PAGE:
Tradition: Christianity

Maran ’athâ

Christianity

The words come from the New Testament: ‘If there is anyone who doesn’t love the Lord, may he be accursed. Maranatha. (Cor 16,22)’. Spoken by Saint Paul they may be found in The Didache – The Teaching of the Twelve Apostles, short ancient Christian manual of prayer not included in the Biblical canon.

MEANING

Our Lord has come. From the Aramaic: maran ’athâ.
Written as maranâ ‘thâ it means: Come, Our Lord!
It is a combination of two Aramaic words which have never been translated into Greek but only transliterated instead. This is why they have got two different meanings, depending on their form.

MESSAGE

All you need to reach your spiritual awakening is already with you. There is nothing you should look forward to, no waiting and no preparation is needed. The mantra helps you to calm your mind, immerse it in the mindful presence here and now.

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In the Christian music industry, Maranatha is being sung commonly but only as a popular Christian song with its specific phrase: ‘Come, Lord’. However the original message of ‘Maran ’athâ’ is quite different as it contains an unbelievably precious information coming from the times of ancient Christians when ‘Maranatha’ was not only just a song but a kind of mantra. Her origins are in Maran ’athâ – meaning a very deep meditation. These words appear in the New Testament only once, at the end of the ‘First Letter to Corinthians’: ‘If anyone has no love for the Lord, let him be accursed. Maranatha!’ (Cor. 16,22). The words used by Saint Paul are supposed to come from ‘The Didache – The Teaching of the Twelve Apostles’, a short ancient Christianity manual of worship which has never been included in the New Testament. The very word of ‘Maranatha’ is actually a combination of two Aramaic words that have not been translated from Aramaic to Greek but only transliterated instead. In the process of transliteration the focus is rather on the number of used characters than expressing the exact meaning of the phrase. Going back to its Aramaic origins, we can clearly see that the two words making an original mantra may have two different forms of description. Depending on them the meaning varies significantly. One of these forms, definitely the more popular one, is ‘marana ‘thâ’ understood as ‘come, Lord!’ However there is also another Aramaic form of ‘maran ’athâ’ which should be understood as ‘our Lord has come’. The difference between the versions is crucial. The former one is a prediction, expectation that something is going to happen while the latter means that what we were expecting has already happened. However today we use just one of these meanings: the one pointing at the future, not present reality. Moreover, contemporary footnotes to the New Testament never mention a possibility of understanding Maranatha in its other, ‘current’ meaning. In the footnotes to the Letter to Corinthians we read that: ‘The phrase ‘aram’ means, depending on how we divide the words, that ‘Our Lord is coming’ or ‘Come, our Lord’, which seems to be more probable’. This explanation is clearly misleading for the readers of the New Testament. Using Present Continuous while saying that ‘someone is coming’ does not actually mean talking about present reality. The fact that someone is coming means that this person is in the process of coming but he or she is still not present among us.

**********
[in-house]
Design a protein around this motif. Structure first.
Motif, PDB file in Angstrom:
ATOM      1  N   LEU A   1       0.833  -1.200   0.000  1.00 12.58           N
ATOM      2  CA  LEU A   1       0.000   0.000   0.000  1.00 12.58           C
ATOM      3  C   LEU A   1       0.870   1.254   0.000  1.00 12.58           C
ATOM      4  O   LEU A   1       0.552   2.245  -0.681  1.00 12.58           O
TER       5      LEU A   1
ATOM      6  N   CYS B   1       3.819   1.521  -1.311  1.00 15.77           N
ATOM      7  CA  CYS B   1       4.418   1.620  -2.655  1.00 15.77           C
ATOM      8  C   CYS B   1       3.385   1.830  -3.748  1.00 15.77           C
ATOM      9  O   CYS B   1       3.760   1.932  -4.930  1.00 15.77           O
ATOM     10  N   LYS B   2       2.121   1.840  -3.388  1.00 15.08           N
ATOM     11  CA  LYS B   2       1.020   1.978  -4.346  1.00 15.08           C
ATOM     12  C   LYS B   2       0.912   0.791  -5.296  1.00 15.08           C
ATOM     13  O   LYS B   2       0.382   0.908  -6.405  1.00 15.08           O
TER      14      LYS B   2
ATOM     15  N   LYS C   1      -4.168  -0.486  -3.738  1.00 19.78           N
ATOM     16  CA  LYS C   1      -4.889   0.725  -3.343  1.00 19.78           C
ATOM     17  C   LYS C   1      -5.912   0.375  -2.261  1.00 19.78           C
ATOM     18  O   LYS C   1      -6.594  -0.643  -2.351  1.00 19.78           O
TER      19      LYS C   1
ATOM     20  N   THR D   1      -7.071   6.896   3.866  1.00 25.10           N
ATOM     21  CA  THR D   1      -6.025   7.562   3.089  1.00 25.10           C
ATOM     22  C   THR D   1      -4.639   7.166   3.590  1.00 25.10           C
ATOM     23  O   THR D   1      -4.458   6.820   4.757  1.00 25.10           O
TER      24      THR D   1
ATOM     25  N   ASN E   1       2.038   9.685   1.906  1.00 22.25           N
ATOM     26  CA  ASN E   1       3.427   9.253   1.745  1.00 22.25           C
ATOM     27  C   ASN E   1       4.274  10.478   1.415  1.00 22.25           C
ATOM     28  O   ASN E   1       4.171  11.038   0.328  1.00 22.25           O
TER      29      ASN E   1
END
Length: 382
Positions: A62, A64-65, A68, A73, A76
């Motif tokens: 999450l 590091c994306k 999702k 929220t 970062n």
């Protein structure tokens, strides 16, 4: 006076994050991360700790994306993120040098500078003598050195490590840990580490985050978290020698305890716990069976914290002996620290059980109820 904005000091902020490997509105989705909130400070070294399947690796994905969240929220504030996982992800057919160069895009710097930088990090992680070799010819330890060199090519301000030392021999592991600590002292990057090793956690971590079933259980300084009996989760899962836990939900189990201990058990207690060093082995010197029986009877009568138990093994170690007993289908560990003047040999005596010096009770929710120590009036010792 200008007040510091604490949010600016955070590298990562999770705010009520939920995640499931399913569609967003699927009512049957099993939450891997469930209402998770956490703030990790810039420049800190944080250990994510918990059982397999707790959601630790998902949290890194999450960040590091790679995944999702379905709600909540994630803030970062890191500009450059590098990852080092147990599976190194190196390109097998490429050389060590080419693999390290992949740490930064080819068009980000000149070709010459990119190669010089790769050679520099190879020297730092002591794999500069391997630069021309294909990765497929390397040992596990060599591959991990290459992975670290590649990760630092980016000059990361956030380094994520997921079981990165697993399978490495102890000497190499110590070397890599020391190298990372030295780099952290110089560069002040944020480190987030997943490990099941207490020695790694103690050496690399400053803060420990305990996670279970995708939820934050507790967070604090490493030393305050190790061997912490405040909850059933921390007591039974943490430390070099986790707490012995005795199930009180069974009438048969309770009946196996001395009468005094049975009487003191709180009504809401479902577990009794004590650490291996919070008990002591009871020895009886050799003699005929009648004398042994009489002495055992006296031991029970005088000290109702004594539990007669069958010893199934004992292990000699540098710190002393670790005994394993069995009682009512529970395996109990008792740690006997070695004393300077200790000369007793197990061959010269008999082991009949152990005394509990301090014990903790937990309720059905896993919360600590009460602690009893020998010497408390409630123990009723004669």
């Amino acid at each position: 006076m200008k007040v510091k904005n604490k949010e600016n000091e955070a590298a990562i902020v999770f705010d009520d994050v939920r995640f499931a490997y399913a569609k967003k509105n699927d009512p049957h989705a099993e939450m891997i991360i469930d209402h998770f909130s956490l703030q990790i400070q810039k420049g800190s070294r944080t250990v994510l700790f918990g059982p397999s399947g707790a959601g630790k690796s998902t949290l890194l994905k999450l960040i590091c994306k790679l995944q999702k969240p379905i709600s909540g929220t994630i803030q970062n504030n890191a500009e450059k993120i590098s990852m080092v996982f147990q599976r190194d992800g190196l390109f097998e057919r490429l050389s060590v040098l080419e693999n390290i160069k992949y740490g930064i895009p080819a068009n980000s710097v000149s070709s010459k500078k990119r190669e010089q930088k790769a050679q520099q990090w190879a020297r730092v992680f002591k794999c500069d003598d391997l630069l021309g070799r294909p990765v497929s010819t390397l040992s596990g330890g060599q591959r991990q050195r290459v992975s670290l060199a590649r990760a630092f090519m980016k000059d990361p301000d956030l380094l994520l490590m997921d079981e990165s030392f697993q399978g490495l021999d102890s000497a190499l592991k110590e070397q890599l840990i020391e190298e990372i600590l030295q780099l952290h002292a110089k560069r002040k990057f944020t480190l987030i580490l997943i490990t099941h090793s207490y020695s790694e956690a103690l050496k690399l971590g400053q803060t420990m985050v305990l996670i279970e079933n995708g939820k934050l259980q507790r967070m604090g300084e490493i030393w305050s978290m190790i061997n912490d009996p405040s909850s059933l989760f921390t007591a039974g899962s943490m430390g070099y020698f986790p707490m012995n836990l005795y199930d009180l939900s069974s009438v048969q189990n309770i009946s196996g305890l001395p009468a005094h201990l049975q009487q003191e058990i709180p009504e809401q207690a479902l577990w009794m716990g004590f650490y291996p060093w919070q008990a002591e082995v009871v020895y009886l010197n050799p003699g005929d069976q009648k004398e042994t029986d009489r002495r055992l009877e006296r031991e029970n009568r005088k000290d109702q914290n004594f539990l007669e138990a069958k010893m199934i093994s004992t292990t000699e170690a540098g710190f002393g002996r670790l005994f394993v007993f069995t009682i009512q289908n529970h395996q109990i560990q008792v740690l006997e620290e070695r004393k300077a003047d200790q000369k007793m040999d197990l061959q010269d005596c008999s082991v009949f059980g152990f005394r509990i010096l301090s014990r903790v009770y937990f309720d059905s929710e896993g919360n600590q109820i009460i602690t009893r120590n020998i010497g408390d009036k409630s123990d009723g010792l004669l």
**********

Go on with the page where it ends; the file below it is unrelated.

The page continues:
There is another figure we should look at as he had put an enormous effort into popularization of the ancient original meaning of Maranatha. The person I mean is a Benedictine monk named John Douglas Main, who has learned meditation from swami Satyananda in Kuala Lumpur. Having come back to Europe he settled in the Ealing Abbey in London and started working on returning meditation to the Christian world. His actions have led already in 1975 to the creation of ecumenic network of Christian meditation groups, later transformed into World Community for Christian Meditation. John Douglas Main (OSB) recommended recitation of maran ’athâ as a perfect Christian mantra. Its original Aramaic harmonic quality contained in the four syllables ‘ma-ra-na-tha’ helps us to calm our mind, immerse it in the full mindful presence, here and now. Interestingly Main is believed to have found out in his research that the ancient Christians used to perform this mantra in a way very similar to how the Hindus do it with ‘So Hum’ mantra, using sounds produced during an inhale. So the mantra is being recited according to the following breathing cycle: ‘ma’ (inhale), ‘ra’ (exhale), ‘na’ (inhale’), ‘tha’ (exhale again’). Leaving out this ancient approach behind us, we should focus on what is the most important in this mantra: its actual meaning. ‘All you need to reach your spiritual awakening is already with you. There is nothing or nobody you should look forward to, no waiting and no preparation is necessary.’
In our interpretation of this mantra we have also used phrases from ‘Gayatri Mantra’, phonetically described as ‘Om Bhur Bhuwah Swah, Tat Savitur Warenjam, Bhargo Devasya Dhimahi, Dhiyo Yo Nah Prachodayat.’ The best available translation of the mantra is: ‘O, Creator of the Universe, free from pain and sorrow, you have gifted us the gift of creation of our awareness, let us drop the curtain of illusion, so we could meditate for your glory and receive the light of pure mind leading us to the illumination.’
There is a good reason why we have combined the traditional Hindu ‘Gayatri mantra’ with the ancient Christian ‘Maran ’athâ’. There are many people believing that ‘Gayatri mantra’ is the origin of Christian ‘The Lord’s Prayer’ (‘Pater Noster’).